The upcoming partial lunar eclipse on November 19, 2021 will last over 3 hours, making it the longest to occur in a span of over 1,000 years. An eclipse of this length will not occur again until February 8, 2669, so you don’t want to miss it! Read on to learn more about this eclipse, what makes it special, and how to see it from your backyard.
What is a partial lunar eclipse?
A lunar eclipse of any kind occurs when the Earth’s shadow blocks the Sun’s light from reaching the surface of the Moon when it’s in its full phase. There are three types of lunar eclipses: total, penumbral, and partial. As the name suggests, a total lunar eclipse occurs when the Earth’s shadow completely covers the Moon. A penumbral eclipse occurs when the Earth, Moon, and Sun are imperfectly aligned and the Moon moves into the outermost, diffused part of the Earth’s shadow, creating a subtle darkening of the Moon’s surface. A partial lunar eclipse occurs when only a portion of the Moon moves into the darkest part of the Earth’s shadow. While a total lunar eclipse is the most dramatic of these, the partial eclipse will still create a striking visual effect when viewed from Earth. When the eclipse peaks, only about 3% of the Moon will still be exposed to the Sun’s light. The darkened portion of the Moon will take on the deep reddish hues typically associated with eclipses.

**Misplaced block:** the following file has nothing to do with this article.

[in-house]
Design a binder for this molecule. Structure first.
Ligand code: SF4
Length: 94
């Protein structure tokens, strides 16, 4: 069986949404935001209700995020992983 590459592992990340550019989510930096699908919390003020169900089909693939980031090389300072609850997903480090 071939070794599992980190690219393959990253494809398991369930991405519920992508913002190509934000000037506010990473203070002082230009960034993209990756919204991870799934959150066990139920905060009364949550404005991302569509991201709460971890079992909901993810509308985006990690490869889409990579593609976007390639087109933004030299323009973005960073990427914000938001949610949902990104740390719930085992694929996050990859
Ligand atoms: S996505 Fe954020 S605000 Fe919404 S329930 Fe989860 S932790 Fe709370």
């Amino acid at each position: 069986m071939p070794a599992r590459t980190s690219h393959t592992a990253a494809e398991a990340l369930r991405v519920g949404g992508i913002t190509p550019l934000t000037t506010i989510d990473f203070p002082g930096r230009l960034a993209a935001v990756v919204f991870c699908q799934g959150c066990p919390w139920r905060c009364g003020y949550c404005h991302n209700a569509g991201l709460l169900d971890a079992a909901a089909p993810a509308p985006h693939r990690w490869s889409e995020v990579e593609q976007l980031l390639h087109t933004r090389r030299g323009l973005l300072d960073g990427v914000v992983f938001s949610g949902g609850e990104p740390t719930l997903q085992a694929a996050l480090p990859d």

How can I view the eclipse?
The entirety of the partial lunar eclipse will be visible from North America and the Pacific Ocean, Alaska, eastern Australia, New Zealand, and Japan. The eclipse’s early stages will not be visible from Asia, Australia, or New Zealand, as they occur prior to moonrise. Similarly, South America and Western Europe will experience moonset before the eclipse ends. No part of the eclipse will be visible from Africa, the Middle East, or western Asia. The eclipse will begin at 07:18:43 UTC (Universal Time) and peak at 09:02:56 UTC (convert UTC to your local time zone here). The eclipse will be a fairly slow-moving event, so it’s a good idea to get comfortable for your viewing session. We recommend setting up lawn chairs or even a picnic blanket in a dark outdoor area.
We will also be streaming the eclipse live on our YouTube channel, starting at 12:15am MST on the 19th. We’ll show you live views of the eclipse through our 14″ PlaneWave and the portable Vixen refractor at the Giovale Open Deck Observatory. Educators will also discuss the science of eclipses, the best ways to view them, Lowell’s history with the Moon, and much more! You can set a reminder to watch here: https://youtu.be/-qyiEicSFD0.